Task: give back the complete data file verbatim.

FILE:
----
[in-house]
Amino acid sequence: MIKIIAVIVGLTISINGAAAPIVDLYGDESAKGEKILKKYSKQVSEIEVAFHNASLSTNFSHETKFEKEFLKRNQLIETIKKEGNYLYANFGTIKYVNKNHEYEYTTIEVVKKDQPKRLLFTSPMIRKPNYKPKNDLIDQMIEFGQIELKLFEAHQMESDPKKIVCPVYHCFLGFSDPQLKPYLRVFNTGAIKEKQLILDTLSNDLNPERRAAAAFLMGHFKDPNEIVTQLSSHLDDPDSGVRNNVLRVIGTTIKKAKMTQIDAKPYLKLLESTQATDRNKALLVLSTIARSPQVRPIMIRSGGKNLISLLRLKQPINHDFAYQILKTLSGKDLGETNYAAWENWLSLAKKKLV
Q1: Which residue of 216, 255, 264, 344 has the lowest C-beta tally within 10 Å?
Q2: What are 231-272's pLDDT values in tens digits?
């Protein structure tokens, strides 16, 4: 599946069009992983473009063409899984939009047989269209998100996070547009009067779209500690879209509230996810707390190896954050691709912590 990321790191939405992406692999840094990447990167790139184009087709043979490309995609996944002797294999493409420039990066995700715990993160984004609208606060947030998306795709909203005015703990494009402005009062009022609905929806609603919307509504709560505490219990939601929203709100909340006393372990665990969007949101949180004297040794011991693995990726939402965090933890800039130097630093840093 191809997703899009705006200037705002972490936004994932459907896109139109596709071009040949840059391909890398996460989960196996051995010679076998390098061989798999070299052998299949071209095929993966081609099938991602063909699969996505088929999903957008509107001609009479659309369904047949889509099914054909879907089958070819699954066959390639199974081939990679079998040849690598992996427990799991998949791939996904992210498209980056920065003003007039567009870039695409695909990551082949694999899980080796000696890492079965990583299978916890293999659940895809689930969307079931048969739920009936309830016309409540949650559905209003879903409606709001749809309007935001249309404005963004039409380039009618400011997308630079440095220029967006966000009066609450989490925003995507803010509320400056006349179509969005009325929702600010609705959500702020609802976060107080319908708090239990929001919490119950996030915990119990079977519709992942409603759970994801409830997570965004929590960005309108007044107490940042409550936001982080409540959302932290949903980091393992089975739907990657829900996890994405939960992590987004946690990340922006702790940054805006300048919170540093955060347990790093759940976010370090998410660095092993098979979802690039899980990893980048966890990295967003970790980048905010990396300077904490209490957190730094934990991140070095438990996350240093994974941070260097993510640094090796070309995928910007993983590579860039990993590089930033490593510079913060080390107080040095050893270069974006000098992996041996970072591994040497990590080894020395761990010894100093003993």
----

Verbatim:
[in-house]
Amino acid sequence: MIKIIAVIVGLTISINGAAAPIVDLYGDESAKGEKILKKYSKQVSEIEVAFHNASLSTNFSHETKFEKEFLKRNQLIETIKKEGNYLYANFGTIKYVNKNHEYEYTTIEVVKKDQPKRLLFTSPMIRKPNYKPKNDLIDQMIEFGQIELKLFEAHQMESDPKKIVCPVYHCFLGFSDPQLKPYLRVFNTGAIKEKQLILDTLSNDLNPERRAAAAFLMGHFKDPNEIVTQLSSHLDDPDSGVRNNVLRVIGTTIKKAKMTQIDAKPYLKLLESTQATDRNKALLVLSTIARSPQVRPIMIRSGGKNLISLLRLKQPINHDFAYQILKTLSGKDLGETNYAAWENWLSLAKKKLV
Q1: Which residue of 216, 255, 264, 344 has the lowest C-beta tally within 10 Å?
Q2: What are 231-272's pLDDT values in tens digits?
């Protein structure tokens, strides 16, 4: 599946069009992983473009063409899984939009047989269209998100996070547009009067779209500690879209509230996810707390190896954050691709912590 990321790191939405992406692999840094990447990167790139184009087709043979490309995609996944002797294999493409420039990066995700715990993160984004609208606060947030998306795709909203005015703990494009402005009062009022609905929806609603919307509504709560505490219990939601929203709100909340006393372990665990969007949101949180004297040794011991693995990726939402965090933890800039130097630093840093 191809997703899009705006200037705002972490936004994932459907896109139109596709071009040949840059391909890398996460989960196996051995010679076998390098061989798999070299052998299949071209095929993966081609099938991602063909699969996505088929999903957008509107001609009479659309369904047949889509099914054909879907089958070819699954066959390639199974081939990679079998040849690598992996427990799991998949791939996904992210498209980056920065003003007039567009870039695409695909990551082949694999899980080796000696890492079965990583299978916890293999659940895809689930969307079931048969739920009936309830016309409540949650559905209003879903409606709001749809309007935001249309404005963004039409380039009618400011997308630079440095220029967006966000009066609450989490925003995507803010509320400056006349179509969005009325929702600010609705959500702020609802976060107080319908708090239990929001919490119950996030915990119990079977519709992942409603759970994801409830997570965004929590960005309108007044107490940042409550936001982080409540959302932290949903980091393992089975739907990657829900996890994405939960992590987004946690990340922006702790940054805006300048919170540093955060347990790093759940976010370090998410660095092993098979979802690039899980990893980048966890990295967003970790980048905010990396300077904490209490957190730094934990991140070095438990996350240093994974941070260097993510640094090796070309995928910007993983590579860039990993590089930033490593510079913060080390107080040095050893270069974006000098992996041996970072591994040497990590080894020395761990010894100093003993």